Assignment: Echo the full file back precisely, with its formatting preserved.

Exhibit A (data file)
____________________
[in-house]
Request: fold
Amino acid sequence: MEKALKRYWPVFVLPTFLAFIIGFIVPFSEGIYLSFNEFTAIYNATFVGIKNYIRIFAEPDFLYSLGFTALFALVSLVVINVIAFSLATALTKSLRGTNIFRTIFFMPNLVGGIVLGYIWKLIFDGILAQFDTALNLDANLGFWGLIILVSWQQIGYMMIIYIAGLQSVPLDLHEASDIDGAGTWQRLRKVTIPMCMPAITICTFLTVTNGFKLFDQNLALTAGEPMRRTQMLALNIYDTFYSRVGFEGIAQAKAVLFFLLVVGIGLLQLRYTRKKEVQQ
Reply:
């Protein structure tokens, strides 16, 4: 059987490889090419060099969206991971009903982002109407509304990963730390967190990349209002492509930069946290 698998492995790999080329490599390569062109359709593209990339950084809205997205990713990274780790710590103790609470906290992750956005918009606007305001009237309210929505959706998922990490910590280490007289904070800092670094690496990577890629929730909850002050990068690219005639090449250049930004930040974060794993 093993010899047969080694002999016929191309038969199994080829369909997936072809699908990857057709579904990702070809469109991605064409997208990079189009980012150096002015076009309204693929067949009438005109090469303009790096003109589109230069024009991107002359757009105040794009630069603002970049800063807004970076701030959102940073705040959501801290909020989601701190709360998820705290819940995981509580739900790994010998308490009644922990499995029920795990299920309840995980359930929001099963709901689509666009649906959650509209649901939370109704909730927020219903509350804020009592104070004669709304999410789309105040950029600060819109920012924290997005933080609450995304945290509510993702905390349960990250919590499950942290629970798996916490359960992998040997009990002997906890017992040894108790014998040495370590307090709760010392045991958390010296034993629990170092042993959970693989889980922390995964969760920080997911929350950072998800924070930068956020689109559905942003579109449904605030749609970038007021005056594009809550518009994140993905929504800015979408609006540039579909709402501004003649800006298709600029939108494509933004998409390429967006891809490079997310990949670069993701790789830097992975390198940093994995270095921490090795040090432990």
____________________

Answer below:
[in-house]
Request: fold
Amino acid sequence: MEKALKRYWPVFVLPTFLAFIIGFIVPFSEGIYLSFNEFTAIYNATFVGIKNYIRIFAEPDFLYSLGFTALFALVSLVVINVIAFSLATALTKSLRGTNIFRTIFFMPNLVGGIVLGYIWKLIFDGILAQFDTALNLDANLGFWGLIILVSWQQIGYMMIIYIAGLQSVPLDLHEASDIDGAGTWQRLRKVTIPMCMPAITICTFLTVTNGFKLFDQNLALTAGEPMRRTQMLALNIYDTFYSRVGFEGIAQAKAVLFFLLVVGIGLLQLRYTRKKEVQQ
Reply:
């Protein structure tokens, strides 16, 4: 059987490889090419060099969206991971009903982002109407509304990963730390967190990349209002492509930069946290 698998492995790999080329490599390569062109359709593209990339950084809205997205990713990274780790710590103790609470906290992750956005918009606007305001009237309210929505959706998922990490910590280490007289904070800092670094690496990577890629929730909850002050990068690219005639090449250049930004930040974060794993 093993010899047969080694002999016929191309038969199994080829369909997936072809699908990857057709579904990702070809469109991605064409997208990079189009980012150096002015076009309204693929067949009438005109090469303009790096003109589109230069024009991107002359757009105040794009630069603002970049800063807004970076701030959102940073705040959501801290909020989601701190709360998820705290819940995981509580739900790994010998308490009644922990499995029920795990299920309840995980359930929001099963709901689509666009649906959650509209649901939370109704909730927020219903509350804020009592104070004669709304999410789309105040950029600060819109920012924290997005933080609450995304945290509510993702905390349960990250919590499950942290629970798996916490359960992998040997009990002997906890017992040894108790014998040495370590307090709760010392045991958390010296034993629990170092042993959970693989889980922390995964969760920080997911929350950072998800924070930068956020689109559905942003579109449904605030749609970038007021005056594009809550518009994140993905929504800015979408609006540039579909709402501004003649800006298709600029939108494509933004998409390429967006891809490079997310990949670069993701790789830097992975390198940093994995270095921490090795040090432990």